Third-party publishers are free to create and sell content for Hero Kids.  You can create sourcebooks, adventures, resources, expansions, and use the Hero Kids Compatibility Logo to indicate compatibility with Hero Kids.  You can also make or sell electronic applications.  The license is free, and you do not need to ask permission or submit an application to use it.  If you make a product that is compatible with Hero Kids, in addition to ensuring you do not infringe any intellectual property, you must acknowledge the Hero Kids trademark, only use the Hero Kids Compatibility Logo, and ensure your product does not copy the Hero Kids trade dress or include any Hero Kids trademarks in your product's title.

Hero Kids Trademark
If you produce a product, web page, or app compatible with Hero Kids, you should include the following text somewhere visible - at the bottom of your web page or on the credits page of your book (in at least the same font size as your own copyright notice):
Hero Kids is a trademark of Justin Halliday and is used with permission.  No challenge is intended.

Hero Kids Compatibility Logo
You can't use the Hero Kids logo on your product.  However, you can use the Hero Kids Compatibility Logo.  The logo must be smaller than the title of your own product.

Trade Dress
Ensure your product's trade dress is visually distinct from official Hero Kids products produced by Hero Forge Games (Justin Halliday). Additionally, don't include any Hero Kids trademarks in your product title.

Monday, 24 August 2015

Adventure play order?

You'd be surprised (or not) how often I get asked about the order that the Hero Kids adventures should be played in.  I've never stipulated an order for the adventures, and they're designed to be as stand-alone as possible so that you can pick and choose which one to play based on your time and player's capabilities.  Having said that, this rough order might give you some ideas:

•  Basement O Rats (Easy)
•  Curse of the Shadow Walkers (Normal)
•  Escape From the Ghost Pirates (Normal)
•  Wizard's Tower (Normal)
•  Fire In Rivenshore (Normal)
•  Yuletide Journey (Normal)
•  Mines of Martek (Hard)
•  Tomb of the Lost King (Hard)
•  The Lost Village (Hard)
•  Glade of the Unicorn (Hard)
•  Maze of the Minotaur (Hard)

Mines of Martek and Tomb of the Lost King could probably go earlier if you tweak their difficulty a little bit.

Hero Kids dad Michael Henry has other ways of connecting the adventures into a campaign:

"Zimarim the Grim is an evil wizard that has attacked and all but destroyed the town of Willowsdell. He did so by several long-forgotten magical attacks. During these attacks, a hero by the name of Barnabus Longwillow left Willowsdell in search of the one laying siege to the town and a way to undo the magical destruction happening all around him. He happens upon a pool of water in a cave beneath a mountain on the far side of the bay. Thinking that this was the source of the magical attacks on his town, he took out his Great Bow and fired upon the water spirit within. The spirit turned him into a giant rat and laid a spell on him that trapped him in the caves where he found the pool."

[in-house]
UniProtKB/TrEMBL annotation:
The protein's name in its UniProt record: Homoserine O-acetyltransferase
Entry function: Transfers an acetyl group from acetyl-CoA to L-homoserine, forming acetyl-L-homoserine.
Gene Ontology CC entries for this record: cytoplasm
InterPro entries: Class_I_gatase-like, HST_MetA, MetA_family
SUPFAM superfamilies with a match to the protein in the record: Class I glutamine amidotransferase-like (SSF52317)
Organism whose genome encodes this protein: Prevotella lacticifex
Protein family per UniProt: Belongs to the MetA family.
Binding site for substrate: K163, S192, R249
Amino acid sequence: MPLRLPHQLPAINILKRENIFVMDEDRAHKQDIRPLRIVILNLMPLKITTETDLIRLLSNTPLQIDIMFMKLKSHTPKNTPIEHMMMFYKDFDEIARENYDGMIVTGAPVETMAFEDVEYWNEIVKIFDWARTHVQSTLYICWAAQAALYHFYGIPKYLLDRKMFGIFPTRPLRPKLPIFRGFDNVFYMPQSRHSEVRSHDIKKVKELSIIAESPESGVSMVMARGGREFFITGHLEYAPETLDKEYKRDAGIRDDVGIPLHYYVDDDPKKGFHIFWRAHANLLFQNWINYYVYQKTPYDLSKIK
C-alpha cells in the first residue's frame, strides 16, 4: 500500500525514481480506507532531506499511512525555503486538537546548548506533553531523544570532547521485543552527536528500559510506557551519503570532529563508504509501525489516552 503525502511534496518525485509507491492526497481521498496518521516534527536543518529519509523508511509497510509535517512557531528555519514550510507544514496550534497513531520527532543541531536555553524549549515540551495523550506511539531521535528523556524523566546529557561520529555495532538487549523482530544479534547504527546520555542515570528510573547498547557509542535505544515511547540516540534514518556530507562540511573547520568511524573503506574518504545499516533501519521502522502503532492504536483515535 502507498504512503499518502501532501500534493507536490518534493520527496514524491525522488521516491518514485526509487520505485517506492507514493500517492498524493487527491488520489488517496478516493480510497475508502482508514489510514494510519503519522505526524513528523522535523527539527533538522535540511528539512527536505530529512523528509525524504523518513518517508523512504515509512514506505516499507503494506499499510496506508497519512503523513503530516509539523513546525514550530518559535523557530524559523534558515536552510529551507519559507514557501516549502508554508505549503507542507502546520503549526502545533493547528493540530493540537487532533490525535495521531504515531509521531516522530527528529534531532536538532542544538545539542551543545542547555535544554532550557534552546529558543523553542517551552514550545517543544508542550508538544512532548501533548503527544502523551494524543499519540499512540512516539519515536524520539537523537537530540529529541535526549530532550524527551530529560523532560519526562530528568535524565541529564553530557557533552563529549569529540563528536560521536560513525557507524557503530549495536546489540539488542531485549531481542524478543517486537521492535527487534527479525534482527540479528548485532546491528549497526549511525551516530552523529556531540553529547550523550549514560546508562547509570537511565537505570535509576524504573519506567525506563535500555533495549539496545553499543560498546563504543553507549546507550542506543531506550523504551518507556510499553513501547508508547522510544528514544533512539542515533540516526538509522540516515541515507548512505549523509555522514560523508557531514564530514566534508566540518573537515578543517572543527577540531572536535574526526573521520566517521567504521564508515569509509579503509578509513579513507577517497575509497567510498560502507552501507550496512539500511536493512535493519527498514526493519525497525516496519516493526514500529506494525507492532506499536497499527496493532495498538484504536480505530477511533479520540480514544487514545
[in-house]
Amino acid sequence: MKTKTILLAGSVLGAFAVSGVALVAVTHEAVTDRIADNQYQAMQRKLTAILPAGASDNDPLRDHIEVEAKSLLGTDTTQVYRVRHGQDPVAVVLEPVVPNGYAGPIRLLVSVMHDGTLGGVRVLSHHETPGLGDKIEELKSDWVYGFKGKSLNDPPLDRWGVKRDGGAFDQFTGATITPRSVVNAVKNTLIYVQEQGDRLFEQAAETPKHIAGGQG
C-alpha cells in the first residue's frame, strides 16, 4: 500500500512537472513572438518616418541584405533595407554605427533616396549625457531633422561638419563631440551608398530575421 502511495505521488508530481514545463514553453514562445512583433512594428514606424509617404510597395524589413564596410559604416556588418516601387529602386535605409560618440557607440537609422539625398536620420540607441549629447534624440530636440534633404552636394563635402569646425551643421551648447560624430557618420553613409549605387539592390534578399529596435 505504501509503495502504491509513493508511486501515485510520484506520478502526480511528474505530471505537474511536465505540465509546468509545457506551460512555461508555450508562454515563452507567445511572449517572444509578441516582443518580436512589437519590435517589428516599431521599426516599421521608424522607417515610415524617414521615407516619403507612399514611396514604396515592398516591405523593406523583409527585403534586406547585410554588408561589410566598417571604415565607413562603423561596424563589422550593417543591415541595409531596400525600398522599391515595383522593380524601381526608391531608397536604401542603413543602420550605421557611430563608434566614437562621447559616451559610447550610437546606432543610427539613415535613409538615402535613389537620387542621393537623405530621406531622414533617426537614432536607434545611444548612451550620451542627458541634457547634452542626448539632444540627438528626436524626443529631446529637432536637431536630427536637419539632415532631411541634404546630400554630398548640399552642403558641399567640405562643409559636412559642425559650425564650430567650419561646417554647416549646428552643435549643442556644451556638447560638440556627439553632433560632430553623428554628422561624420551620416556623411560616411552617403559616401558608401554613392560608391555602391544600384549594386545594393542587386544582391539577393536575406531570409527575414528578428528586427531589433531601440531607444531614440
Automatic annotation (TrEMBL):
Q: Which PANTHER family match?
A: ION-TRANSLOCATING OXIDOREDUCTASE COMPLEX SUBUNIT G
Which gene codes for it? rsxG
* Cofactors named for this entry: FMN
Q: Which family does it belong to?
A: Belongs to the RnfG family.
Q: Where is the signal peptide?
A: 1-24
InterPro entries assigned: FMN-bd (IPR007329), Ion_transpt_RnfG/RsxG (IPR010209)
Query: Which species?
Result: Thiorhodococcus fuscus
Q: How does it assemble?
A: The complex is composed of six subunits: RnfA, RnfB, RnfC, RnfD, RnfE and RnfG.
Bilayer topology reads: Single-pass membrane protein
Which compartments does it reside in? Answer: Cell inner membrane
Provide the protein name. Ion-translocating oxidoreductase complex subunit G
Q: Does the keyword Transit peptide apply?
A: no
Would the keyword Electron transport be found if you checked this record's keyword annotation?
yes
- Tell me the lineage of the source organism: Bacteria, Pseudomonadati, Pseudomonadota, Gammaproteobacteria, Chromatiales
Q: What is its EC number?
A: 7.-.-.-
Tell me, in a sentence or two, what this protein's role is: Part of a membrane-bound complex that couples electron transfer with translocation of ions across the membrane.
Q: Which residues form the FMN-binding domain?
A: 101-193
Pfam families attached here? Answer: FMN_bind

Hero Kids Campaign - Campaign Overview

Tuesday, 18 August 2015

New Adventure - Wizard's Tower

A new and somewhat light-hearted Hero Kids adventure is now available on DriveThruRPG:

The Wizard's Tower adventure takes the heroes from Rivenshore to the wizard's tower on the eastern peninsula that encloses Brecken Bay.  The wizard, Mortain, has gotten himself into trouble and needs the kids' help!

•  Adventure with five encounters and six new maps
•  Includes five monsters: Froglings, water beast, rickety construct, and the fearsome helm knight!

Here's the link to DriveThruRPG:

Hero Kids - Fantasy Adventure - Wizard's Tower

Thursday, 13 August 2015

Map of the Wizard's Tower

Here's another composite map from the upcoming Wizard's Tower adventure.

This map shows the four levels of the titular tower.  Starting at the bottom, the rough-hewn basement has an ancient well to catch intruders who fall through the trapped floor above.  The stuffy and dusty ground floor level has a circular fountain in the center, and walls lined with stacked barrels.  The level above is the Wizard's laboratory, currently overrun by crazed automata.  Finally, the top level is the Wizard's living quarters, where he is held captive by his crazed servants.

This new adventure – Wizard's Tower – will be out on Monday.

Check out Hero Kids and its adventures at DriveThruRPG:

Hero Forge Games at DriveThruRPG

Tuesday, 4 August 2015

Putting together Fire In Rivenshore maps

Attentive Hero Kids dad Angus Graham asked me a bunch of questions about the various maps included in the Fire In Rivenshore adventure, which prompted me to throw together this composite showing how the maps fit together.

On the left are the three levels of the Block and Tackle inn.  On the right are the various ground level maps of Rivenshore, including the ground floor of the inn, the stables at the rear of the inn and a watchtower, the market area, and the town square.

I'm here to help... :-)

Check out Hero Kids and its adventures at DriveThruRPG:

Hero Forge Games at DriveThruRPG